My concern is that Western commentators are basing their assessment on inaccurate information (Russia's reserves of men and materiel run far, far deeper than Western intelligence suspects) and/or that Russian units are far more resilient to losses than suspected and so are still an effective fighting force despite losses that Western analysis would think would make the unit ineffective.

My desired outcome is that Ukraine goes on to win this war and that Russia is crippled militarily and economically so that they cannot embark on future adventures of this kind. My fear is that the West will grow impatient about the cost of the war, will declare victory early, withdraw their support and leave a Russia who could simply have another go in a few months or years time.
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Old 2nd August 2022, 07:46 AM   #2765
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Originally Posted by The Don View Post

My desired outcome is that Ukraine goes on to win this war and that Russia is crippled militarily and economically so that they cannot embark on future adventures of this kind. My fear is that the West will grow impatient about the cost of the war, will declare victory early, withdraw their support and leave a Russia who could simply have another go in a few months or years time.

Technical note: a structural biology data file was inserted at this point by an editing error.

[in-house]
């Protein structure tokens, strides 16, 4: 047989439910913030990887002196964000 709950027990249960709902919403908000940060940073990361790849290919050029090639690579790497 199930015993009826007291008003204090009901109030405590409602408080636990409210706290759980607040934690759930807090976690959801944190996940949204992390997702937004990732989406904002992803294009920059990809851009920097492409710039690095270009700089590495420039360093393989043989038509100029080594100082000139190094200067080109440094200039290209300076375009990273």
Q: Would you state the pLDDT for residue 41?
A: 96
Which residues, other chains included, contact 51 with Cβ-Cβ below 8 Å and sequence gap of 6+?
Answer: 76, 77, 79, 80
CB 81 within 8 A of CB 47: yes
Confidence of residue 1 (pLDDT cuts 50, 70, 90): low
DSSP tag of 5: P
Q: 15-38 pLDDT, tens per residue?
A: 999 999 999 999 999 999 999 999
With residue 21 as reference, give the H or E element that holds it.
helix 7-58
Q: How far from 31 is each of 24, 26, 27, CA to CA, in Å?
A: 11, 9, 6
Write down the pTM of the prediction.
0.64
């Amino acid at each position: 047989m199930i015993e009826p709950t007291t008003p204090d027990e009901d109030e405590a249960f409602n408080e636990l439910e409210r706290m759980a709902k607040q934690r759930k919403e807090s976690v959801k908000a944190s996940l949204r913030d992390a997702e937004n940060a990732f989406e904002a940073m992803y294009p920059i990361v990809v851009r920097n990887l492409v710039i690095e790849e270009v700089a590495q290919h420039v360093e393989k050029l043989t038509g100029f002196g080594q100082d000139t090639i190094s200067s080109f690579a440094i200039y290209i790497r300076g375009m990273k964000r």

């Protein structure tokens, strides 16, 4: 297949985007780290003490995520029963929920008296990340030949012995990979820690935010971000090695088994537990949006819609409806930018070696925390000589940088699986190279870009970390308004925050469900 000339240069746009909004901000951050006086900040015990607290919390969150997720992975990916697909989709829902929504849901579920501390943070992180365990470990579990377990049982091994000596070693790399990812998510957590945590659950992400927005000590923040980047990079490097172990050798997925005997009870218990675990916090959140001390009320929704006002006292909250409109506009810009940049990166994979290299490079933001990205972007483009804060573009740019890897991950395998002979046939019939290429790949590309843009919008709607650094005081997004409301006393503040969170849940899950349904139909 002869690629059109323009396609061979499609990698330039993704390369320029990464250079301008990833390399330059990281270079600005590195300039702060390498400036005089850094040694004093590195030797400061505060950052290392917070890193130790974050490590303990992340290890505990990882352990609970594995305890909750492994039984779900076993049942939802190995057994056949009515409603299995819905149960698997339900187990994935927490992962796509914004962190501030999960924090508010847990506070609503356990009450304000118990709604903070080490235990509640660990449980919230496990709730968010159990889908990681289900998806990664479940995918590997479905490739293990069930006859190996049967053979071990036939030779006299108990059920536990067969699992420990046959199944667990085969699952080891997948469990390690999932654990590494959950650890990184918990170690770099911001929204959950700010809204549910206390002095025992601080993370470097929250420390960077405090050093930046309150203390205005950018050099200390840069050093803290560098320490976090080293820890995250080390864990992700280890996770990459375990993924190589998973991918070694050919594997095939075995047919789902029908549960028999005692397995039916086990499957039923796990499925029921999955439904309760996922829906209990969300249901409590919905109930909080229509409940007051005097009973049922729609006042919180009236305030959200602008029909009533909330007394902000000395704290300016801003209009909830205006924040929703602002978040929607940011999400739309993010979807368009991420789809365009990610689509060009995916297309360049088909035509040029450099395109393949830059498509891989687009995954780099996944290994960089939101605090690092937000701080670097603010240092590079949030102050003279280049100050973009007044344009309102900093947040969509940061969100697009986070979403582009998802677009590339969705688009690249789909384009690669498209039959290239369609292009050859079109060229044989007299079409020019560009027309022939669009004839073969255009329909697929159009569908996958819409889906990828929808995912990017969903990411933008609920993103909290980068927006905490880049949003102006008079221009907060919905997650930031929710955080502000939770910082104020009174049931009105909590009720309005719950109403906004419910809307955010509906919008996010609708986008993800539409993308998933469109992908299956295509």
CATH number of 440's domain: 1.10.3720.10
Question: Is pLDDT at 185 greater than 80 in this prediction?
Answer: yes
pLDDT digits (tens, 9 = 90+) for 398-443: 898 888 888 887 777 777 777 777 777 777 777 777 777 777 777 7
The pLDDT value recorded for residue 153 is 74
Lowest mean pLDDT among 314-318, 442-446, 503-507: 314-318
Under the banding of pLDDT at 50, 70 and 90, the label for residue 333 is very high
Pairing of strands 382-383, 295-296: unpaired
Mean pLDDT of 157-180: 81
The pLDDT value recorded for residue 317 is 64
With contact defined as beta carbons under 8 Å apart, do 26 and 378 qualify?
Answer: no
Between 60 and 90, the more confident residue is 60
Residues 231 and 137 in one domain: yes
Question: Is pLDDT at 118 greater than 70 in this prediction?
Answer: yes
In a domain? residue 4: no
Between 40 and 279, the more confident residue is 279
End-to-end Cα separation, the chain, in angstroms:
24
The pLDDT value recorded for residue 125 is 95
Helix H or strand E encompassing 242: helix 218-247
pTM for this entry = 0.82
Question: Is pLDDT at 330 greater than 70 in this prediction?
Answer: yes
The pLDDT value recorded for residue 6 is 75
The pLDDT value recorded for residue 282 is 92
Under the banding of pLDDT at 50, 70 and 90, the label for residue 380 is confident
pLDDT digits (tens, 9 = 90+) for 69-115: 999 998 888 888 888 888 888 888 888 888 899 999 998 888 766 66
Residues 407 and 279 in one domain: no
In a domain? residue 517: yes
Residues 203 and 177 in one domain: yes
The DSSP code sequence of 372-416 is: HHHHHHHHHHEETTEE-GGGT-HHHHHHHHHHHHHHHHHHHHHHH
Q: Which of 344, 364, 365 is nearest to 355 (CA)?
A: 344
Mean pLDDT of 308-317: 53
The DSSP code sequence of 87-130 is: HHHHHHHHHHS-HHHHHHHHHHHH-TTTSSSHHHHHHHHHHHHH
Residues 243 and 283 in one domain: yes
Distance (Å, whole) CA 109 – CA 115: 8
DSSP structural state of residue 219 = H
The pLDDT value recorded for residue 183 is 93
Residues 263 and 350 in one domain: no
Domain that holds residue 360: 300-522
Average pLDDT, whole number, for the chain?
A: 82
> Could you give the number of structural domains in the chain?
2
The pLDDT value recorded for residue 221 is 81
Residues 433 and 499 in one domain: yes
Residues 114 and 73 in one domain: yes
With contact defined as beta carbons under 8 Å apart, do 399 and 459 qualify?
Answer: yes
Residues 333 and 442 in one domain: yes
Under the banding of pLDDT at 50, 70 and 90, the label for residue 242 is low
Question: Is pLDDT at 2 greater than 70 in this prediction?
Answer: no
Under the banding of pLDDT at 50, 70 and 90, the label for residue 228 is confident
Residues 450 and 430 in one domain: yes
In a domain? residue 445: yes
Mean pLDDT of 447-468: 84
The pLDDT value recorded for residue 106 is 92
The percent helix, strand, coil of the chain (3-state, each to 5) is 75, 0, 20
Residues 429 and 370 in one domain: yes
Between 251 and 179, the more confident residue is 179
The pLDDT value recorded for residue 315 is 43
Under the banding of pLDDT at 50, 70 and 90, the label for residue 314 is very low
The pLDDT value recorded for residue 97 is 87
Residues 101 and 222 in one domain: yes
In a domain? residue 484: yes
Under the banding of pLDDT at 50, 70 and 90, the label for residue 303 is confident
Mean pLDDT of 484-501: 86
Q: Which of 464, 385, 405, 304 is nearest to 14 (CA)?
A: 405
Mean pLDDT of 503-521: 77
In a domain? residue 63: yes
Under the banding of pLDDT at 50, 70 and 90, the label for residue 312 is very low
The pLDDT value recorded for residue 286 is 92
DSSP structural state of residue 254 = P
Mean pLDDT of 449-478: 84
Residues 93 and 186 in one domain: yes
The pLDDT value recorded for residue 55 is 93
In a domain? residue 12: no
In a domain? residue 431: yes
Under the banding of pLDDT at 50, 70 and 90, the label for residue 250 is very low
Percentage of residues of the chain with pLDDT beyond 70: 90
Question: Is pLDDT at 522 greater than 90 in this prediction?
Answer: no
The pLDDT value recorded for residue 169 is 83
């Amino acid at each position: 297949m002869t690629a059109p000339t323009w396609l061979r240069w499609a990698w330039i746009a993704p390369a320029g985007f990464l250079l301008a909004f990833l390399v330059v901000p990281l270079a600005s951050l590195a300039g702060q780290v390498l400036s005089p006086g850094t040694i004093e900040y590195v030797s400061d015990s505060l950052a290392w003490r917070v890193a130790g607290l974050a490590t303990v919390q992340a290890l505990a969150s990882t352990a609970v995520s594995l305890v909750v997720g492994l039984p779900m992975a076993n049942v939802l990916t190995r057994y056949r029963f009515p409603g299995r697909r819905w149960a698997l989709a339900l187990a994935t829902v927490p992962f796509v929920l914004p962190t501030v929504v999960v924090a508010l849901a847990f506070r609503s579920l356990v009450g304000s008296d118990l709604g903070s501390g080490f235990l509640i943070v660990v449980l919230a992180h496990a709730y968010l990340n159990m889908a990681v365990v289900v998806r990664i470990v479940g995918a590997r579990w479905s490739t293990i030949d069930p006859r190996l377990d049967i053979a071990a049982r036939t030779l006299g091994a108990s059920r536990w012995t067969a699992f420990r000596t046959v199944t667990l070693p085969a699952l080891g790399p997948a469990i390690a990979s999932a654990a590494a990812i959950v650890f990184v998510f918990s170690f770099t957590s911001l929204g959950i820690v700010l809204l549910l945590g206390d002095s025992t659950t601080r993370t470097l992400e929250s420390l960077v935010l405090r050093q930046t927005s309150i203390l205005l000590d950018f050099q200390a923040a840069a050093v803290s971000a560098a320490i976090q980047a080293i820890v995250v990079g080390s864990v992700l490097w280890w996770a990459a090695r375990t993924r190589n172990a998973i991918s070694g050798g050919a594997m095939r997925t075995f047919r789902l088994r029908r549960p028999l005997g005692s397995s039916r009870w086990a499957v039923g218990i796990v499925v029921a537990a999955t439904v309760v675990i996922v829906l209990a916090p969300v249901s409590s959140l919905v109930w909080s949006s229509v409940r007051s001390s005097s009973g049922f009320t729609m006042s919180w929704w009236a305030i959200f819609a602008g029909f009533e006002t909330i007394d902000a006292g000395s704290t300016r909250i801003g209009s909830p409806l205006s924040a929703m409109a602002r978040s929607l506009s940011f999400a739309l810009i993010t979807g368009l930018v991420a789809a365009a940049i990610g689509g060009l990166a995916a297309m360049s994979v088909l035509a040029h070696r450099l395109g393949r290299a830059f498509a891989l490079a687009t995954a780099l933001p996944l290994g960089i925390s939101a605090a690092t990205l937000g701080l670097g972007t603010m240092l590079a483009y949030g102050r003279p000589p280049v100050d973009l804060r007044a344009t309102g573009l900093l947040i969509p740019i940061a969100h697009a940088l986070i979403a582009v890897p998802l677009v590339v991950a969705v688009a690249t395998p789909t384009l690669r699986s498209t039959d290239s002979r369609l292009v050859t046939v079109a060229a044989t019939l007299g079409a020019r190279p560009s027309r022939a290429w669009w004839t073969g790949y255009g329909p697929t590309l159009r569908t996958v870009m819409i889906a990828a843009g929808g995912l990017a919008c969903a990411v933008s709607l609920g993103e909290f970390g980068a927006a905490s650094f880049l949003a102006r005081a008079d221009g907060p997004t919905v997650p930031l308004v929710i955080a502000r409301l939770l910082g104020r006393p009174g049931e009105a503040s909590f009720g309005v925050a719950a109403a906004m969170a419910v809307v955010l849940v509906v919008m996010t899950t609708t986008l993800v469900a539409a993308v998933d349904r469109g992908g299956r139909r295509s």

I share your fear.
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Old 2nd August 2022, 07:48 AM   #2766
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Originally Posted by The Don View Post
My desired outcome is that Ukraine goes on to win this war and that Russia is crippled militarily and economically so that they cannot embark on future adventures of this kind. My fear is that the West will grow impatient about the cost of the war, will declare victory early, withdraw their support and leave a Russia who could simply have another go in a few months or years time.
My fear is, that with a natural gas shortage in Europe, the people may become disgruntled at their governments and vote them out replacing them with a party that promises to end their support of Ukraine and "play ball" with Russia.

Right now there seems to be almost unprecedented solidarity and support for Ukraine, but will there be after a winter of heating shortages?

ETA: then looking another year ahead, what happens if "The Donald" is POTUS again?

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Old 2nd August 2022, 08:01 AM   #2767
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Originally Posted by The Don View Post
True, in which case the result of that sporting contest would be a victory for your opponent.